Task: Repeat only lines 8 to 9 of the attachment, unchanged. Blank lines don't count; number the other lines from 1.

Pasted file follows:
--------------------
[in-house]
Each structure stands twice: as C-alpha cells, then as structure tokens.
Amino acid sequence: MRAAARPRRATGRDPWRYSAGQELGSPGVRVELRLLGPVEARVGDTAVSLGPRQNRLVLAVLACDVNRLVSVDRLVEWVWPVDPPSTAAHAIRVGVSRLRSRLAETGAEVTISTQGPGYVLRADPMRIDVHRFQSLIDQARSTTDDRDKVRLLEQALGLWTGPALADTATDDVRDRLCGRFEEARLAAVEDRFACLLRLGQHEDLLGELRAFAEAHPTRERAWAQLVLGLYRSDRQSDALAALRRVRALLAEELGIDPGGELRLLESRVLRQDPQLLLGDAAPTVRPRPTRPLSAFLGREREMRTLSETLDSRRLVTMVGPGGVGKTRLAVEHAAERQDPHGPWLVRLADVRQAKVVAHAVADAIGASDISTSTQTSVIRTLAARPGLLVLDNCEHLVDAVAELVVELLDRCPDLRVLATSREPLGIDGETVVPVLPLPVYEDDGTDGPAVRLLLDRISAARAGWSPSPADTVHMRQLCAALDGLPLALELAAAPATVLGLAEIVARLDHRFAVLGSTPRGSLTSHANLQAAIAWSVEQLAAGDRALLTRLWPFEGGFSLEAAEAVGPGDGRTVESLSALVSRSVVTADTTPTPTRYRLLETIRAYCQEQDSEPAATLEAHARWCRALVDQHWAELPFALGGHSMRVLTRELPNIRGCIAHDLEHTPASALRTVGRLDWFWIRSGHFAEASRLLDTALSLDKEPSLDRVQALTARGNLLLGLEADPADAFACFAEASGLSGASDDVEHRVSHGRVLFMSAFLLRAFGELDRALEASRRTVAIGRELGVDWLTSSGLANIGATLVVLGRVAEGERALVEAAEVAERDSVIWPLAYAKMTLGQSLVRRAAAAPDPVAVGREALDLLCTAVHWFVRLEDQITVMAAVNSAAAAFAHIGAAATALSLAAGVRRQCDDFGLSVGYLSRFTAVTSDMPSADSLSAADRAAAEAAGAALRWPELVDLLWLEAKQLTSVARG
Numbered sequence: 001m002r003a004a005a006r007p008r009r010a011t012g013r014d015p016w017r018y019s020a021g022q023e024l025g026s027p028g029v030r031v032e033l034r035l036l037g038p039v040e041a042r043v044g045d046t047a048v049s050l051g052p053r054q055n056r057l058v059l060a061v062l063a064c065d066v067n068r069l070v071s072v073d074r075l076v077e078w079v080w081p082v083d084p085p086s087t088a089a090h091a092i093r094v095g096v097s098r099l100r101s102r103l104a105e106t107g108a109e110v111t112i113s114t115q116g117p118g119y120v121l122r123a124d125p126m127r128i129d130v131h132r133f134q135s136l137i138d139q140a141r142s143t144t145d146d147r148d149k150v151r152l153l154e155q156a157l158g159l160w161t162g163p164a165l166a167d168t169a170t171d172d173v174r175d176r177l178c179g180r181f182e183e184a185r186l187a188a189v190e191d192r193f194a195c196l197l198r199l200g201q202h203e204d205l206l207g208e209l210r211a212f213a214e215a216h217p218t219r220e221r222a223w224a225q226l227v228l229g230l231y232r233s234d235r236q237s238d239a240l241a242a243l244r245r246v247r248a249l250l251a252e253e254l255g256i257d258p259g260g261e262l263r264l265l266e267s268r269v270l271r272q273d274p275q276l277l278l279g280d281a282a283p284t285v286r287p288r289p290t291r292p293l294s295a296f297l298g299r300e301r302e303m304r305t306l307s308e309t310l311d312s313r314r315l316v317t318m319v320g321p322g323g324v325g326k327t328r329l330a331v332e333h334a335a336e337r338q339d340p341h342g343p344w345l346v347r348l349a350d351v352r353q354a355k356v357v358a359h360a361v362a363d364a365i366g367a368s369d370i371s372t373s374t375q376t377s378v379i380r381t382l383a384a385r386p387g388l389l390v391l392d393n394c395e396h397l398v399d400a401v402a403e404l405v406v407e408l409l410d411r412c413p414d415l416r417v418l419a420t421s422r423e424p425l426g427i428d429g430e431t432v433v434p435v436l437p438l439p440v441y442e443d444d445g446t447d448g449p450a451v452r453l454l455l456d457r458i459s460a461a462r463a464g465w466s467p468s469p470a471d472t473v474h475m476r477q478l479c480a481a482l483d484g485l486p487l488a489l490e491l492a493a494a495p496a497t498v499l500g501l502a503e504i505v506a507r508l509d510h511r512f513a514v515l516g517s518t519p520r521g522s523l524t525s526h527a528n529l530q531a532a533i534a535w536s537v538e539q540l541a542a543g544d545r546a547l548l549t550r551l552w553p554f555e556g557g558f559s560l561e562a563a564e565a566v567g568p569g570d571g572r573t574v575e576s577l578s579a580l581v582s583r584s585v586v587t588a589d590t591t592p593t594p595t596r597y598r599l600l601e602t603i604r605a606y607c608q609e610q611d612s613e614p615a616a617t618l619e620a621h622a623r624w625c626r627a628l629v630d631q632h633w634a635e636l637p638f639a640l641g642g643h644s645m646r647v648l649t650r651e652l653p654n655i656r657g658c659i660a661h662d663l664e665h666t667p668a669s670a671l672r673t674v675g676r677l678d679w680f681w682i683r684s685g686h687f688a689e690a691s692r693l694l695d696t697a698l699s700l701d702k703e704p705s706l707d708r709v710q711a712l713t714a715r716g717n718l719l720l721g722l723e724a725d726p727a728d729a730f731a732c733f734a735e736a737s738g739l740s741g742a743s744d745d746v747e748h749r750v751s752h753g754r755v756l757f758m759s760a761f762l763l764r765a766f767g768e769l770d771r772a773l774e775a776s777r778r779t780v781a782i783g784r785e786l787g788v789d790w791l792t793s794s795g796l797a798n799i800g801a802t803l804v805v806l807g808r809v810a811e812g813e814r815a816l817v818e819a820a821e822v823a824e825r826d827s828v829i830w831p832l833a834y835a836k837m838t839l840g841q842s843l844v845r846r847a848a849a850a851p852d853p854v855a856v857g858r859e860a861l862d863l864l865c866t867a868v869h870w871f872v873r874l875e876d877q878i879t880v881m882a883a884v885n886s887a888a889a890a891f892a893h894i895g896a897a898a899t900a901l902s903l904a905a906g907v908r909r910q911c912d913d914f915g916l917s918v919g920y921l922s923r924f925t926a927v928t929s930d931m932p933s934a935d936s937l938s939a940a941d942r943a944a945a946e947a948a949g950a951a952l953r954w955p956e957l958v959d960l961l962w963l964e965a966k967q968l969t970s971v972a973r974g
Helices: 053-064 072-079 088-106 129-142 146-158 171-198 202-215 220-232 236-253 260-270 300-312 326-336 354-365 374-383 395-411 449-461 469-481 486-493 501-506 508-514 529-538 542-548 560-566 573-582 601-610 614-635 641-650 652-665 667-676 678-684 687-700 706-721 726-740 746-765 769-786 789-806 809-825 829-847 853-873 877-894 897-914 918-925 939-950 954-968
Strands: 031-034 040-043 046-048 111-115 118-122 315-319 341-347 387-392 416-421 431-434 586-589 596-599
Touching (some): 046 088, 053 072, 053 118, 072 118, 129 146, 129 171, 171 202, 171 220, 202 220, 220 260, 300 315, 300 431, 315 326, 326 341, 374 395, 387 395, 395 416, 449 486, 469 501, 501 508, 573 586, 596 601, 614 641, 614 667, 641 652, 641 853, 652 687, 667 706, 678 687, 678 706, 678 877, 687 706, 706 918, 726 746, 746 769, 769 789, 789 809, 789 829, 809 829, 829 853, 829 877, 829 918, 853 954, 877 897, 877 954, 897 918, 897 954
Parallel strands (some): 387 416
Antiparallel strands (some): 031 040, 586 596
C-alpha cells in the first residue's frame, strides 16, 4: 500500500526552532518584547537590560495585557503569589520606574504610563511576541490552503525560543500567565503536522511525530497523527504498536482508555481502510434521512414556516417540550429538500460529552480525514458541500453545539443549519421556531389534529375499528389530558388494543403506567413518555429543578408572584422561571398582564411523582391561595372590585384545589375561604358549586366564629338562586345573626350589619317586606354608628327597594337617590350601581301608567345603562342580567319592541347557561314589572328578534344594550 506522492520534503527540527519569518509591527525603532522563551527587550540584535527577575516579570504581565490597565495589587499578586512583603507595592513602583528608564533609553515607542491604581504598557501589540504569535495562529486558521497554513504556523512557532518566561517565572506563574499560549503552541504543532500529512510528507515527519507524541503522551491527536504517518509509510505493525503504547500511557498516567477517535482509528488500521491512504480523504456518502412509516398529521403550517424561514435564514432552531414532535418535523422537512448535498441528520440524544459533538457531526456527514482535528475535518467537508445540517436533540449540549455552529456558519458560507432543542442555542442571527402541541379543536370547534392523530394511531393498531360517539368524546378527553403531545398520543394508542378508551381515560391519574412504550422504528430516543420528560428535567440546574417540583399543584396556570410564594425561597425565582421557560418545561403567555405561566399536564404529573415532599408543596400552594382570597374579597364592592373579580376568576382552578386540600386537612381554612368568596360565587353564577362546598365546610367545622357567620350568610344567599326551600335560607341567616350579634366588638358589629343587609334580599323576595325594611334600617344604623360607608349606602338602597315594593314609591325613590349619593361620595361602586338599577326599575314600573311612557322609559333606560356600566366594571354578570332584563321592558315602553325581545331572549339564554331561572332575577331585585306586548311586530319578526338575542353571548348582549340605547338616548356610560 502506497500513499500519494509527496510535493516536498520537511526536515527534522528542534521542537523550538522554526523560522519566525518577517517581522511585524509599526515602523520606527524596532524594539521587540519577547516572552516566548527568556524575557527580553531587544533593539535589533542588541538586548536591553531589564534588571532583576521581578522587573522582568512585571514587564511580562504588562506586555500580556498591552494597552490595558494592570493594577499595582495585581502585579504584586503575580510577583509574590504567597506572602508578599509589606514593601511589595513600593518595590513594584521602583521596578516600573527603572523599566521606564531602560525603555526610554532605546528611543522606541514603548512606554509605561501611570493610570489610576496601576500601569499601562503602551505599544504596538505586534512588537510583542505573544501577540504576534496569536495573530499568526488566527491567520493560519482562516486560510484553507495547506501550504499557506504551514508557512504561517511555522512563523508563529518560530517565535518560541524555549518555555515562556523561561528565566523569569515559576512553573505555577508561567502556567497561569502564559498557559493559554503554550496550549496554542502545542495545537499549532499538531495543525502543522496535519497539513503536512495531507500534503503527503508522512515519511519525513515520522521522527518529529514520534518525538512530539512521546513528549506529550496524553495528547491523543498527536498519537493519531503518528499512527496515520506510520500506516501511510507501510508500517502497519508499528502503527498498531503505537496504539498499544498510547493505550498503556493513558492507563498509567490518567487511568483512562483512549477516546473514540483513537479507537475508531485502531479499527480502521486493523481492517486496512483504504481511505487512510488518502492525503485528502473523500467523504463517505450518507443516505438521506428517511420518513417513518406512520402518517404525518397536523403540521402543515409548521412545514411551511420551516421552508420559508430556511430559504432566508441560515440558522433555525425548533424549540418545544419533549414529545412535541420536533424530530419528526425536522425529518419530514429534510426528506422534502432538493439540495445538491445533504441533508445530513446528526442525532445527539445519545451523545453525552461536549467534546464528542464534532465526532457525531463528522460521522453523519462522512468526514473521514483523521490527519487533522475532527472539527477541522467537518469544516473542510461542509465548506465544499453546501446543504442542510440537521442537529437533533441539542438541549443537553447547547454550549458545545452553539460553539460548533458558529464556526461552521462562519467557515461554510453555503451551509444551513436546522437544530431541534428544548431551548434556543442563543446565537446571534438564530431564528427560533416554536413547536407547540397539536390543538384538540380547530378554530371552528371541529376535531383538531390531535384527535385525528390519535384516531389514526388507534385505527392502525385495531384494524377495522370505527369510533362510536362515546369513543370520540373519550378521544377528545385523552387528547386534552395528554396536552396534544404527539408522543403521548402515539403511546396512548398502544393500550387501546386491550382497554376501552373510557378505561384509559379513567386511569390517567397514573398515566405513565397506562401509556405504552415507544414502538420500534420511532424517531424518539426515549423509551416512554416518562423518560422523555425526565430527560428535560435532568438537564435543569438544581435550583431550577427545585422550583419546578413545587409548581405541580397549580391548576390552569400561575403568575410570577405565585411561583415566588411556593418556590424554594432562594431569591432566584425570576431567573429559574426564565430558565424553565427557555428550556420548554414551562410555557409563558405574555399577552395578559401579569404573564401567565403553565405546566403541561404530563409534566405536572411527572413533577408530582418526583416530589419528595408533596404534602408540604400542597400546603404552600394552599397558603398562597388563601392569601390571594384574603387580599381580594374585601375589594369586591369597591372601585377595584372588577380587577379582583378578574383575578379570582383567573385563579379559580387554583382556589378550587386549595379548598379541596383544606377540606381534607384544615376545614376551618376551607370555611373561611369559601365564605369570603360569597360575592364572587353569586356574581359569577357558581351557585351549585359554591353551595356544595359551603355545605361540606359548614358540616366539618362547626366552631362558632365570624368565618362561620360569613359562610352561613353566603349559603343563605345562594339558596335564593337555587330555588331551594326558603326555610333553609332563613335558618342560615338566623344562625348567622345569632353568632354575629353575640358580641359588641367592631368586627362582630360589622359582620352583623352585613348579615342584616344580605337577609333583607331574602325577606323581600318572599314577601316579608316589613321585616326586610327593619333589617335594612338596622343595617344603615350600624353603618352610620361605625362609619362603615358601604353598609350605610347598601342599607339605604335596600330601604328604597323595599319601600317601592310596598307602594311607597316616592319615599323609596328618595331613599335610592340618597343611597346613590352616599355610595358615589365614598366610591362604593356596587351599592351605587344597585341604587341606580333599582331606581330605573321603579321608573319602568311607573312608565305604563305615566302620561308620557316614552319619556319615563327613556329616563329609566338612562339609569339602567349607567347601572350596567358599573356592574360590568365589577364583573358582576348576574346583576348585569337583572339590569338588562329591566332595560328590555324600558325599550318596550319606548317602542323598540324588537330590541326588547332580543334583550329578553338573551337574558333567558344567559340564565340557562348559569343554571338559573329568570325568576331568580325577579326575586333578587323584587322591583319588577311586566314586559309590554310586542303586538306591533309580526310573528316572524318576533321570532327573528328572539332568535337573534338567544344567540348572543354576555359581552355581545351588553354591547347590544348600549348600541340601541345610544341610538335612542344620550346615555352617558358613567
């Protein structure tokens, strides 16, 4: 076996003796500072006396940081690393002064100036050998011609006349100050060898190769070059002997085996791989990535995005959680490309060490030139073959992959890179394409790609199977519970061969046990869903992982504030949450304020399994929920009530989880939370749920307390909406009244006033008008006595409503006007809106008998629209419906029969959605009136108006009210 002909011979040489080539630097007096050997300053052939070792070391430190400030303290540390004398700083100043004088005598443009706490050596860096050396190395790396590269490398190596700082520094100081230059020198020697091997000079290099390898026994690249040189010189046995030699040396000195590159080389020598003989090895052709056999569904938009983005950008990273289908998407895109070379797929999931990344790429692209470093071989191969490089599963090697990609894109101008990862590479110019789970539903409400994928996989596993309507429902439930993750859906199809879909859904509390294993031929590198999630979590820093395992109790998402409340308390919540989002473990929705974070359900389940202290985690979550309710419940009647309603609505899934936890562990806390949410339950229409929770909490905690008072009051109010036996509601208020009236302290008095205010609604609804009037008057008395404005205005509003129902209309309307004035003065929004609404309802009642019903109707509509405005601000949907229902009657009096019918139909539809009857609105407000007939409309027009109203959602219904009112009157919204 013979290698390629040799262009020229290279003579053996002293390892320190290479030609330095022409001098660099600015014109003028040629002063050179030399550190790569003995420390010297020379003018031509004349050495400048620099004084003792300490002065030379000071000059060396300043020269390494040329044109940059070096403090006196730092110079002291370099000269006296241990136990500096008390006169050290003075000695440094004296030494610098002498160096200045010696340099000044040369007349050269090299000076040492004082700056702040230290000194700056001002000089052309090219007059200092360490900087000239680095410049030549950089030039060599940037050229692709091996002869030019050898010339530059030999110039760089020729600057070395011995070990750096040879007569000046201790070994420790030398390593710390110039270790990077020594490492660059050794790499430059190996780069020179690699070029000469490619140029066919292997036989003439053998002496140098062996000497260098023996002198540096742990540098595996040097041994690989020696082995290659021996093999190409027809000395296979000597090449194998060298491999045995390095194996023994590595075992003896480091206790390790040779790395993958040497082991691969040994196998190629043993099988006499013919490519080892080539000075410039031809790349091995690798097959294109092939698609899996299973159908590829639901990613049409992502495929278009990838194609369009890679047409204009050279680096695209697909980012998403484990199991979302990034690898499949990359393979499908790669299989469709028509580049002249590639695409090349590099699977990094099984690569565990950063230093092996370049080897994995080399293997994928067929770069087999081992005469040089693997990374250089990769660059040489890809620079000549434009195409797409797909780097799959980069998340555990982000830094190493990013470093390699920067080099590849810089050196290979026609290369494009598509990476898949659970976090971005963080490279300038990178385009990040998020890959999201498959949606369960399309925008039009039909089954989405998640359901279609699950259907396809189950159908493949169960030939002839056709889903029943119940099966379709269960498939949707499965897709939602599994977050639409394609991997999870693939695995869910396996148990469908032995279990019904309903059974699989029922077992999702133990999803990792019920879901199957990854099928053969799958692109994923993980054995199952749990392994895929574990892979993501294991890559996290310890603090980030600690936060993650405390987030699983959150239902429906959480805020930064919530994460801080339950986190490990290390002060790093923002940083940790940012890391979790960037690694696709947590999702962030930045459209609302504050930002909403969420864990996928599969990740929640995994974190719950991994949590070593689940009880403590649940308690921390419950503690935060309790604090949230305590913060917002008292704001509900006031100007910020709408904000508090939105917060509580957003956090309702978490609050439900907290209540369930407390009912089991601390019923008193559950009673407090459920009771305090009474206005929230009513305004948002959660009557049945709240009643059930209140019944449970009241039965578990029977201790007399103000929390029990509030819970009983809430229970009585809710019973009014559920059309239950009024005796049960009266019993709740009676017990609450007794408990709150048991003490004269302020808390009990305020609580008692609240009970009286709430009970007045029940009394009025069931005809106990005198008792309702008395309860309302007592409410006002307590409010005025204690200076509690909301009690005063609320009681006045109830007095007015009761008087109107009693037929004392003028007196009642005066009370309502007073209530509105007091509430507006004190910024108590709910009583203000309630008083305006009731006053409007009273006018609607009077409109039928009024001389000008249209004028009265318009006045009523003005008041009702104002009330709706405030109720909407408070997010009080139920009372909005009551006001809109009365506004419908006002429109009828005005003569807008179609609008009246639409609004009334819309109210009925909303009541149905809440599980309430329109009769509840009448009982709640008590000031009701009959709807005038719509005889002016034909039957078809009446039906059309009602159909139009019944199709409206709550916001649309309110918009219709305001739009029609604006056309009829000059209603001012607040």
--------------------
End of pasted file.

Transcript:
Parallel strands (some): 387 416
Antiparallel strands (some): 031 040, 586 596